How large is a troll?
Troll is by far the biggest petroleum field on the NCS, well over twice the size of the next largest measured by resources. It contains both gas and oil, with the former accounting for 80 per cent of the quantity. But it is important to remember that the oil reserves are also considerable – enough on their own for Troll to rank as the 10th largest oil field on the NCS.
Area, depth and wells
The reservoir in Troll lies about 1 300 metres beneath sea level and comprises sediments known as shallow marine sandstones. These have been deposited in relatively shallow water and well sorted by currents and waves.
Extending across four North Sea blocks, the whole field covers just over 700 square kilometres.[REMOVE]Fotnote: Troll Field: Norway’s Giant Offshore Gas Field, 1992, Giant Oil and Gas Fields of the Decade 1978-1988. That corresponds to about 100 000 football pitches, three times the 241 square kilometres covered by the enlarged City of Stavanger and 1.5 times the size of Oslo.
Its porosity – in other words, the pore spaces between the sand grains – is about 30 per cent and the column from the top of the reservoir to the beginning of the underlying aquifer measures more than 200 metres. At 31 December 2021, almost 300 production wells have been drilled. These contained 600 sidetracks – additional wells drilled out from a main borehole. More than two million metres of well paths penetrate the reservoir – about the distance from Stavanger to Barcelona.[REMOVE]Fotnote: https://www.norskpetroleum.no/en/facts/field/troll/.
NOK 215 billion had been invested in the field by 2019. It is being produced from three platforms, well over 50 subsea templates and a total of 85 permanent installations.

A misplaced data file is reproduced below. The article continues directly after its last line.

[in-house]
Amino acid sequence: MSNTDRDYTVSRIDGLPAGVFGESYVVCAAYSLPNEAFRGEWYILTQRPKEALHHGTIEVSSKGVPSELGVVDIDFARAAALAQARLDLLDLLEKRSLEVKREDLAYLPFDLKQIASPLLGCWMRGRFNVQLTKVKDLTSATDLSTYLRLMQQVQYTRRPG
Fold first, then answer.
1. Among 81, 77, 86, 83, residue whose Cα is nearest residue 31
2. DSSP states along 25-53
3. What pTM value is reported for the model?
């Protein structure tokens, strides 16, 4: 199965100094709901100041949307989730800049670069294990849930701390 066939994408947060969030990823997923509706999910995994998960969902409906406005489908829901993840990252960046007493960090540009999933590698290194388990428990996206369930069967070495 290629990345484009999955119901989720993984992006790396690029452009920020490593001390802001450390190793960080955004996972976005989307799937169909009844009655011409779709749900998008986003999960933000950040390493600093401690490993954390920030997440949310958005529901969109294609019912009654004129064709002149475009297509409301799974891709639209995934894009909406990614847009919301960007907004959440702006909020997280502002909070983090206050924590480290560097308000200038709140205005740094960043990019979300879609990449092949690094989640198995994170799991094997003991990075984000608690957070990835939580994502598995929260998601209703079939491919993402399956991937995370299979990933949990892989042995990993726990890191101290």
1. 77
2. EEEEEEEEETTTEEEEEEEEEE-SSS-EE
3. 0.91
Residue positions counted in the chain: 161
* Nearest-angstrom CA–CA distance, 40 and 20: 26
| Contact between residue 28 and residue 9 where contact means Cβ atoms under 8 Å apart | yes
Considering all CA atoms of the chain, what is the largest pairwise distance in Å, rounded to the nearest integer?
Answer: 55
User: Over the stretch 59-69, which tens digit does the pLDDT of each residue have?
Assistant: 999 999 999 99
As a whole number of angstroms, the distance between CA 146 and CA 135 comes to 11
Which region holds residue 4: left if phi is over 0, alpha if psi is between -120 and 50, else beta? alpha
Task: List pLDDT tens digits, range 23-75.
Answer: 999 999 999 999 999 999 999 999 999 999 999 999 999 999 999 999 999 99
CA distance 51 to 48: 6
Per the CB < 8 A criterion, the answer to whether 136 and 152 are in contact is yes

World’s tallest moveable structure
The Troll platforms vary in design. While the A structure is a fixed concrete Condeep type, Troll B and C are floaters with hulls in concrete and steel respectively. Of these, Troll A is the unit most often associated with the field. It has been described as the “eighth wonder of the world”, and spectacular scenes were witnessed when it was towed out to the North Sea in 1995. It still holds the record as the tallest structure ever moved.
Troll A was the last concrete gravity base structure (GBS) – which sits on the seabed through its own weight – and extends 472 metres from bottom to top. That includes the 369-metre GBS.
The latter was built over more than four years at Hinnavågen in Stavanger and Vats further north, and contains 250 000 cubic metres of concrete. It also holds 100 000 tonnes of reinforcement steel, enough to built roughly 13 Eiffel Towers. Tow-out to the field took seven days and the platform was finally positioned in 302 metres of water on 17 May 1995.
The quantity of gas in the Troll field is put at 1 437 Mscm oe. But what does that mean? Let us break down numbers and text so that they become something easier to understand.[REMOVE]Fotnote: https://www.norskpetroleum.no/en/facts/field/troll/, accessed 21 February 2022. The Norwegian Petroleum Directorate’s energy calculator has been used for the conversions, https://www.norskpetroleum.no/en/calculator/about-energy-calculator/.
- M stands for million (106)
- scm stands for standard cubic metre, a common way of specifying gas and oil volumes standardised at 15°C and normal atmospheric pressure (1 013.25 hectopascals (hPa))